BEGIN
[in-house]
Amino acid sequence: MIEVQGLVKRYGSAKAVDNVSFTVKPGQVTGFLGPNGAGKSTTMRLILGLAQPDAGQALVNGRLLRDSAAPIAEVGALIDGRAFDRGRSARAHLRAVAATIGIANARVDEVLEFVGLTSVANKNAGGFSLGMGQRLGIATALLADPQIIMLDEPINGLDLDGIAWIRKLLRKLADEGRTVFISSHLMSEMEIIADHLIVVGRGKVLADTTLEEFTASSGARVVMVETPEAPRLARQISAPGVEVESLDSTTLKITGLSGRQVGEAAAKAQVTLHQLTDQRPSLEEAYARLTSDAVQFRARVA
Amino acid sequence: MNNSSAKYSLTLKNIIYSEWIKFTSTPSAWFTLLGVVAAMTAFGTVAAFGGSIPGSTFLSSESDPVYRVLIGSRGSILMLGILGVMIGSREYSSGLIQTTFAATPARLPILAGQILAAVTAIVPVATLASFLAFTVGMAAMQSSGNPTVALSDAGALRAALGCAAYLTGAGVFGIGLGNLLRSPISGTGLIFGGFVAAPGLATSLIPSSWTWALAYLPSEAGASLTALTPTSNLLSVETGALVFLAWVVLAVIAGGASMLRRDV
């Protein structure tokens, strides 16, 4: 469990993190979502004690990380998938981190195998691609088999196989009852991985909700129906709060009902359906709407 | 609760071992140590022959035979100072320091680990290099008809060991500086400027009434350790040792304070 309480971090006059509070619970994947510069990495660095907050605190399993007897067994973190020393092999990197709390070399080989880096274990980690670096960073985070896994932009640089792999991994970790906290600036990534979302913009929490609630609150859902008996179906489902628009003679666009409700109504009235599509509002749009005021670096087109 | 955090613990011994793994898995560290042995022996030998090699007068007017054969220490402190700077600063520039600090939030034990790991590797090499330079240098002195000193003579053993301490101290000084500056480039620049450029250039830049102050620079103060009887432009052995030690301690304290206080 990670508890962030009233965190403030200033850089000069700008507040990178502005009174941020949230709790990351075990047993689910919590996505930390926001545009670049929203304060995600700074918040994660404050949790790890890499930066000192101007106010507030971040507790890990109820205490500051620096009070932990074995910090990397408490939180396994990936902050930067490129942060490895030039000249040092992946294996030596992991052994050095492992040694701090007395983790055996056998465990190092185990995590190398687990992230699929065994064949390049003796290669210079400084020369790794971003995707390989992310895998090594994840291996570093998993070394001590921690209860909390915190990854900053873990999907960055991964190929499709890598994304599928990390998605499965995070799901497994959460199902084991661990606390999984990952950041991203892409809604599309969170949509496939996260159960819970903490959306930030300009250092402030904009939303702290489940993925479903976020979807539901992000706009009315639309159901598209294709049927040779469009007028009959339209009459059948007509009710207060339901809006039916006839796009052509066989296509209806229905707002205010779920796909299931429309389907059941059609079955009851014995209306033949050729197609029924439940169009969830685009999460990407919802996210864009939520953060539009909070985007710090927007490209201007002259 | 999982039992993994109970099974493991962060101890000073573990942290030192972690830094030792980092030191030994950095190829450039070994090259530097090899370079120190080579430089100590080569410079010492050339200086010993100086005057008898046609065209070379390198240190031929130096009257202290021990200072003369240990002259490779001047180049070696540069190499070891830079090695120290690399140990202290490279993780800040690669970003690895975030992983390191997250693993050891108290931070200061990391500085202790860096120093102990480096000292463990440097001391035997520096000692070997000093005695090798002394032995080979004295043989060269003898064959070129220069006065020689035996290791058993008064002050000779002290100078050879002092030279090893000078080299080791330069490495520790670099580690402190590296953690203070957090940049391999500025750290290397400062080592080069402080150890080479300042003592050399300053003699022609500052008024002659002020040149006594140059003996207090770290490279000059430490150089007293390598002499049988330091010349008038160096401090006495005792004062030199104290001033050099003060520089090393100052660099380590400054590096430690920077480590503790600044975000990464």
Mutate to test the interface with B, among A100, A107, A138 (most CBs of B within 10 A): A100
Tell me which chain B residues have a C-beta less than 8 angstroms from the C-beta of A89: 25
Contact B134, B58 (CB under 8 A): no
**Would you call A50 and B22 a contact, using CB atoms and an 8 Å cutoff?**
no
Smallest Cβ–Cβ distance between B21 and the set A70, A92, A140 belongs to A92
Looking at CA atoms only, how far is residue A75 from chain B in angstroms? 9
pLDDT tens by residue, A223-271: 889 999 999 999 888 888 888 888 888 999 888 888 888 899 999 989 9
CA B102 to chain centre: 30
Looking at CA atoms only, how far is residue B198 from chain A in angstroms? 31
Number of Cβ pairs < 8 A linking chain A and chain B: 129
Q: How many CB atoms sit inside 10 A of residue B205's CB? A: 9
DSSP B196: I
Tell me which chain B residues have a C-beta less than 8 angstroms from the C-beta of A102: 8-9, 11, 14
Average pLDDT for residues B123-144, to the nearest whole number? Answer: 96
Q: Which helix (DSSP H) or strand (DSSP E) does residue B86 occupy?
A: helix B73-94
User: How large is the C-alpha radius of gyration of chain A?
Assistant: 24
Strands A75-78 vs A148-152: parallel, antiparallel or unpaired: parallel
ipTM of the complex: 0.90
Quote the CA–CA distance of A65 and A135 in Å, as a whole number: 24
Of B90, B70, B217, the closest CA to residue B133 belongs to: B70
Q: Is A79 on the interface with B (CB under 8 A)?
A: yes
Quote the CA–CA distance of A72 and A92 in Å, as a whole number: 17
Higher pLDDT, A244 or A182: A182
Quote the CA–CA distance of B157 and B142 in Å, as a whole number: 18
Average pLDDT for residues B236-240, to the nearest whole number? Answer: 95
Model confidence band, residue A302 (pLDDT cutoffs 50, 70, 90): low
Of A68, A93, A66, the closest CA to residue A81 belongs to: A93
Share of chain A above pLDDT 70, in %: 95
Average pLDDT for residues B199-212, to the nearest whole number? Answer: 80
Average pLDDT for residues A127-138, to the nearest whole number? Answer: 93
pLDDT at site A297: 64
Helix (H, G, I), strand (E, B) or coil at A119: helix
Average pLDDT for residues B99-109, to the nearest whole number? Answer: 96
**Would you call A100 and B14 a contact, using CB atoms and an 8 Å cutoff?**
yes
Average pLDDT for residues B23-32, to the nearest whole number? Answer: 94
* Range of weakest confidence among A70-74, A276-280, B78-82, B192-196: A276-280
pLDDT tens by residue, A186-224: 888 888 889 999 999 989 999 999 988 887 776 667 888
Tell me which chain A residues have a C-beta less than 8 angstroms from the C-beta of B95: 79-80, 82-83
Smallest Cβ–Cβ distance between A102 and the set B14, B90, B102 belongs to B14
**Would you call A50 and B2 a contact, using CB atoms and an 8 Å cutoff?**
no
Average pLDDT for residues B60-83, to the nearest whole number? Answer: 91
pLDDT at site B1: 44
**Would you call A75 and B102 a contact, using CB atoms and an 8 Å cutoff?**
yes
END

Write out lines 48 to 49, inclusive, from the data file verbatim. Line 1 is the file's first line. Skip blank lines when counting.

Smallest Cβ–Cβ distance between A102 and the set B14, B90, B102 belongs to B14
**Would you call A50 and B2 a contact, using CB atoms and an 8 Å cutoff?**